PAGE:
Since 2013, there have been new attempts by state governments to put proceedings into motion which would prohibit the NPD. These attempts, the first of which failed in 2003, were revisited following the release of information to the public regarding nine murders committed between 2000 and 2006. These murders, which targeted small businessmen with foreign roots, were committed by a right-wing group called “National Socialist Underground”.8 Among the victims was Theodoros Boulgarides, who was killed in 2005. Boulgarides was a Greek who was likely mistaken for a Turk, since all of the victims before him were of Turkish origin.9 Despite the fact that to this day no connections between the NSU and the NPD have been found, the proceedings against the right-wing party continue. The party informs their supporters of the newest developments through their website.10

In order to fully understand the ideological development of the NPD, one must look beyond their official party statutes. Parties like the NPD tend to use double speak. As such, the listener must decode the party’s language in order to understand what the officials are actually saying. Such parties have to ‘disguise’ themselves, otherwise they would be forbidden by the government. With their double speak, members of the NPD downplay, negate or even praise Hitler and his atrocities without being in danger of prosecution. When analyzing the ideology of the NPD, one has to differentiate between programmatic appearance and ideological reality.11 The best example of this form of double speak is found in a statement given by former party chairman Udo Voigt. During an interview, Voigt was asked what he thought of Hitler, to which he replied: “Because of running judicial inquiries, I’ll listen to the advice of my lawyer and won’t expand upon this topic.”12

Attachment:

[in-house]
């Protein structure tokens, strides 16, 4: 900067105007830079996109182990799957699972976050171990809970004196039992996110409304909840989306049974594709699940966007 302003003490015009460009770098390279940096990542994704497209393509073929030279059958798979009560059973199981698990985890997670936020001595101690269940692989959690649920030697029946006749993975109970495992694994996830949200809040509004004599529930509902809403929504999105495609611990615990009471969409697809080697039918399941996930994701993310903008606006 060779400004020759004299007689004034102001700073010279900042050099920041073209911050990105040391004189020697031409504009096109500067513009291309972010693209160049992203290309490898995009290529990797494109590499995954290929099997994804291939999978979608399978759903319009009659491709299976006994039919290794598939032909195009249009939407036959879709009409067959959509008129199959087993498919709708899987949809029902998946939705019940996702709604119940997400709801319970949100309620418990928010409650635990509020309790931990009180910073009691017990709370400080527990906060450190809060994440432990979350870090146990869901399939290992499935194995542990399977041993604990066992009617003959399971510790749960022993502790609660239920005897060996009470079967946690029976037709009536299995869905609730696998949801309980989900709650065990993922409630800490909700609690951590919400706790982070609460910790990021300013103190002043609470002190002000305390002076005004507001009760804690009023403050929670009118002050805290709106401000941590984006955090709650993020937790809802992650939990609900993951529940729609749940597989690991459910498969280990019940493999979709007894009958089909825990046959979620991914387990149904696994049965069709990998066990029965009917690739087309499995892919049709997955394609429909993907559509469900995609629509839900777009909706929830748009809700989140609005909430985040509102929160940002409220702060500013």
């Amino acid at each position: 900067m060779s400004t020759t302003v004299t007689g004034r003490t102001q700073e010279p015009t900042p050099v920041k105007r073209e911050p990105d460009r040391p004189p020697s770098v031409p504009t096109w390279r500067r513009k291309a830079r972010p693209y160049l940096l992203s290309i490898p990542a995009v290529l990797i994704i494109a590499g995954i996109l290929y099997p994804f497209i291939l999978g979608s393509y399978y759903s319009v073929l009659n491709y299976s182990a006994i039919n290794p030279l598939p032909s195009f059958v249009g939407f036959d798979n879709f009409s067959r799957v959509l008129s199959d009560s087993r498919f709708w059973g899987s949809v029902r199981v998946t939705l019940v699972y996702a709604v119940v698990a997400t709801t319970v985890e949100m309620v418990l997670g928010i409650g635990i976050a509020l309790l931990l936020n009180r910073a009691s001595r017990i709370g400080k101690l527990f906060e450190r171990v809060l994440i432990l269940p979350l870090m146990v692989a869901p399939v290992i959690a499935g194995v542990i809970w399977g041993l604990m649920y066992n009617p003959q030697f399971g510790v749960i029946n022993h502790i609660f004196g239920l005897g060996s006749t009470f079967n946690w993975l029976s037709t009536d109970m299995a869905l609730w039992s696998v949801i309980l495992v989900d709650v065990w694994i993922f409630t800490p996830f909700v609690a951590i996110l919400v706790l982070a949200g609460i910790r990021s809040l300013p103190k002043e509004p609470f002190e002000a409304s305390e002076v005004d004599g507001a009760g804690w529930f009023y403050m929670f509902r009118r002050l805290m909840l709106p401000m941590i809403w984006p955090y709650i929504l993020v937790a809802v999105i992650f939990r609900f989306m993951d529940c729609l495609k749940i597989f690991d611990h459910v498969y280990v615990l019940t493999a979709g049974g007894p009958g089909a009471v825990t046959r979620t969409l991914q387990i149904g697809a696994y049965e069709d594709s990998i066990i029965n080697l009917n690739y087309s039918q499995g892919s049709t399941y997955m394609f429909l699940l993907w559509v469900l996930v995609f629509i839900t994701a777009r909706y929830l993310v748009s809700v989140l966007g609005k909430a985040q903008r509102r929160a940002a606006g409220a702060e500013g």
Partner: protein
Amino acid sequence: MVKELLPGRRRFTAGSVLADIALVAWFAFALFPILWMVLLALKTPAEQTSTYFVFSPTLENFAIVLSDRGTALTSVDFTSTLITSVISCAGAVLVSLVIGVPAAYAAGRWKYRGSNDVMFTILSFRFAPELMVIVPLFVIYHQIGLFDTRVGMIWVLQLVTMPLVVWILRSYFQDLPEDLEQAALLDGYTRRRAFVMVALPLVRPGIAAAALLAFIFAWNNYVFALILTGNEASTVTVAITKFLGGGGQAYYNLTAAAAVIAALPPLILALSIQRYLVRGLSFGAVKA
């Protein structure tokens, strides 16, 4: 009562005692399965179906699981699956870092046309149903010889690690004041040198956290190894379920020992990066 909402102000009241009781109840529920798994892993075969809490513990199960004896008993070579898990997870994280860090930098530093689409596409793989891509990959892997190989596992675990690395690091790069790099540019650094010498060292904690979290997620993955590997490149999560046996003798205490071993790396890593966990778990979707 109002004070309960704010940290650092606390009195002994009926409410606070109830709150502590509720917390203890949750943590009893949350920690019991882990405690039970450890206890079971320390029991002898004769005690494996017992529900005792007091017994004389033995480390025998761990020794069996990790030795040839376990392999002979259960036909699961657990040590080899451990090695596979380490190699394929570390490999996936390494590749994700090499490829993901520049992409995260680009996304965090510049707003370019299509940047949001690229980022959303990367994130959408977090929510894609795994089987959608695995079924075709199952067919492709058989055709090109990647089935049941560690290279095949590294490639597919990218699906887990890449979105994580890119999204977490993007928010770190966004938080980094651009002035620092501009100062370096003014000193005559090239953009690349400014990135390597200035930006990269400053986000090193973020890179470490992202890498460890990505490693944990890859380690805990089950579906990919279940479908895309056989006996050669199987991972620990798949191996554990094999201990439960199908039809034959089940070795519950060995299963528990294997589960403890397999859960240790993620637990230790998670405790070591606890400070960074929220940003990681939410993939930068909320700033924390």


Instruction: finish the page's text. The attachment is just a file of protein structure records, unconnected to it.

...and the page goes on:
When it comes to democracy, the NPD presents itself as its main champion. The NPD argues that there is no democracy in Germany and that they alone are fighting against foreign domination. This subjection of the country is said to stem from the activities of the Allied Countries, foreigners, the Jews, the EU and the US, as well as inner enemies. The NPD’s pseudo-democratic propaganda is used to weaken democracy in Germany.13 In order to denigrate the Federal Republic, the NPD has declared it a political system based on lies and disparagements; it is the job of the party to reveal this net of falsehoods.14 The NPD has no declared belief in liberal democracy, nor have they declared themselves to be against all forms of extremism, violence and dictatorship. Instead, they emphasize to a great extent their democratic character, but in reality they maintain an undemocratic agenda.15

When confronted with accusations of xenophobia, the party simply denies the allegations by saying that they are not xenophobic, but rather a native-friendly and immigration-phobic alternative to a policy that has declared ‘foreigners in Germany’ a taboo issue.16 Yet, foreigners tend to act as the NPD’s central scapegoats and the incarnation of their concept of enemy. The NPD sees integration as an infiltration of the country and positions foreigners as the primary cause of unemployment and crime.17 In their opinion, mass immigration will flood Germany and this, in turn, will lead to “over-alienation” and tensions, ultimately resulting in a civil war. The NPD depicts immigration as a horror scenario in which foreigners are always the culprits and Germans are always the victims.18

By and large, the NPD does not emphasize its ideas on foreign and European policy. Nevertheless, the party’s main goal is to isolate Germany. They advocate the return of the Deutsche Mark, demand the decampment of all foreign troops in Germany, and call for the country’s withdrawal from NATO and the German Armed Forces from foreign assignments. Instead, the German forces should be strictly used only for homeland security. The NPD rejects the “EU-dictatorship”, but does not take into account that with Germany’s withdrawal from the Euro and the EU, that the US would become stronger in relation to Europe.19 This contradicts their aim to lessen the influence of the US over Germany.